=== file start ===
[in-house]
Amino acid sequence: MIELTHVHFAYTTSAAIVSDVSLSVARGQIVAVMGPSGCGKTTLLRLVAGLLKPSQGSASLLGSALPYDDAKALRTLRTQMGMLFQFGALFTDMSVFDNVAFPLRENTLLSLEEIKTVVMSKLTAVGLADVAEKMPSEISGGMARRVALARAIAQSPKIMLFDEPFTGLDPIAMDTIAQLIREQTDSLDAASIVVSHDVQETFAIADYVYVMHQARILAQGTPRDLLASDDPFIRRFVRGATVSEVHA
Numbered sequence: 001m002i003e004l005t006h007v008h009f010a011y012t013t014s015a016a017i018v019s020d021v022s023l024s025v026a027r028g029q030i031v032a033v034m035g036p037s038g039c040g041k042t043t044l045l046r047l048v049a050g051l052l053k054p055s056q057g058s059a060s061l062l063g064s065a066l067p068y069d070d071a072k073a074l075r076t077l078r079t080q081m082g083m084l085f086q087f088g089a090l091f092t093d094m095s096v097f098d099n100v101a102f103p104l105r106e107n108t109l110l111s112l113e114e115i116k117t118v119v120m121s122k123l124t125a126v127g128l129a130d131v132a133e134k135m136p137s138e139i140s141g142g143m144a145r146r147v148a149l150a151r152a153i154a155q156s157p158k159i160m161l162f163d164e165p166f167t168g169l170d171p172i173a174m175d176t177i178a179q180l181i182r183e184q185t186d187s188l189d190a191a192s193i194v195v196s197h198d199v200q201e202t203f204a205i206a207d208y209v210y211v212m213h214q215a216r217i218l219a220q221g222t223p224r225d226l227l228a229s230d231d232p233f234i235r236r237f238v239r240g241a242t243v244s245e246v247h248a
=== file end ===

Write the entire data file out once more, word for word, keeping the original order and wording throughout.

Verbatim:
[in-house]
Amino acid sequence: MIELTHVHFAYTTSAAIVSDVSLSVARGQIVAVMGPSGCGKTTLLRLVAGLLKPSQGSASLLGSALPYDDAKALRTLRTQMGMLFQFGALFTDMSVFDNVAFPLRENTLLSLEEIKTVVMSKLTAVGLADVAEKMPSEISGGMARRVALARAIAQSPKIMLFDEPFTGLDPIAMDTIAQLIREQTDSLDAASIVVSHDVQETFAIADYVYVMHQARILAQGTPRDLLASDDPFIRRFVRGATVSEVHA
Numbered sequence: 001m002i003e004l005t006h007v008h009f010a011y012t013t014s015a016a017i018v019s020d021v022s023l024s025v026a027r028g029q030i031v032a033v034m035g036p037s038g039c040g041k042t043t044l045l046r047l048v049a050g051l052l053k054p055s056q057g058s059a060s061l062l063g064s065a066l067p068y069d070d071a072k073a074l075r076t077l078r079t080q081m082g083m084l085f086q087f088g089a090l091f092t093d094m095s096v097f098d099n100v101a102f103p104l105r106e107n108t109l110l111s112l113e114e115i116k117t118v119v120m121s122k123l124t125a126v127g128l129a130d131v132a133e134k135m136p137s138e139i140s141g142g143m144a145r146r147v148a149l150a151r152a153i154a155q156s157p158k159i160m161l162f163d164e165p166f167t168g169l170d171p172i173a174m175d176t177i178a179q180l181i182r183e184q185t186d187s188l189d190a191a192s193i194v195v196s197h198d199v200q201e202t203f204a205i206a207d208y209v210y211v212m213h214q215a216r217i218l219a220q221g222t223p224r225d226l227l228a229s230d231d232p233f234i235r236r237f238v239r240g241a242t243v244s245e246v247h248a